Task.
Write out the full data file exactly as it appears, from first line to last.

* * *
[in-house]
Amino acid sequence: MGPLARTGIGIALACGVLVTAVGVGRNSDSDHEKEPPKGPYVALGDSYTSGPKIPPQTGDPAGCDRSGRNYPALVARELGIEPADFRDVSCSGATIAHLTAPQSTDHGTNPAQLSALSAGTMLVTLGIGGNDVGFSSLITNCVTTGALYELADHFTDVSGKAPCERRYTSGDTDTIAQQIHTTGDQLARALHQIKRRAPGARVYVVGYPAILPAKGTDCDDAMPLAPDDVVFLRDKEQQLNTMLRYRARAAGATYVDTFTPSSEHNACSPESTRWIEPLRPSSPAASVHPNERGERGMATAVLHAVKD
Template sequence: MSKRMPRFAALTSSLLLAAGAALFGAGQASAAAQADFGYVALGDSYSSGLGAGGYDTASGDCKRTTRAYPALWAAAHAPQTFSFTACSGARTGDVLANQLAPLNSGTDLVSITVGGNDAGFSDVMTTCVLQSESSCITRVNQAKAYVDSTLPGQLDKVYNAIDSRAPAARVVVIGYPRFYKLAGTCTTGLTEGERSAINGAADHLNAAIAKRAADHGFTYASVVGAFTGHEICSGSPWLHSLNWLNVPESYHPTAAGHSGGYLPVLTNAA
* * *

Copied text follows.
[in-house]
Amino acid sequence: MGPLARTGIGIALACGVLVTAVGVGRNSDSDHEKEPPKGPYVALGDSYTSGPKIPPQTGDPAGCDRSGRNYPALVARELGIEPADFRDVSCSGATIAHLTAPQSTDHGTNPAQLSALSAGTMLVTLGIGGNDVGFSSLITNCVTTGALYELADHFTDVSGKAPCERRYTSGDTDTIAQQIHTTGDQLARALHQIKRRAPGARVYVVGYPAILPAKGTDCDDAMPLAPDDVVFLRDKEQQLNTMLRYRARAAGATYVDTFTPSSEHNACSPESTRWIEPLRPSSPAASVHPNERGERGMATAVLHAVKD
Template sequence: MSKRMPRFAALTSSLLLAAGAALFGAGQASAAAQADFGYVALGDSYSSGLGAGGYDTASGDCKRTTRAYPALWAAAHAPQTFSFTACSGARTGDVLANQLAPLNSGTDLVSITVGGNDAGFSDVMTTCVLQSESSCITRVNQAKAYVDSTLPGQLDKVYNAIDSRAPAARVVVIGYPRFYKLAGTCTTGLTEGERSAINGAADHLNAAIAKRAADHGFTYASVVGAFTGHEICSGSPWLHSLNWLNVPESYHPTAAGHSGGYLPVLTNAA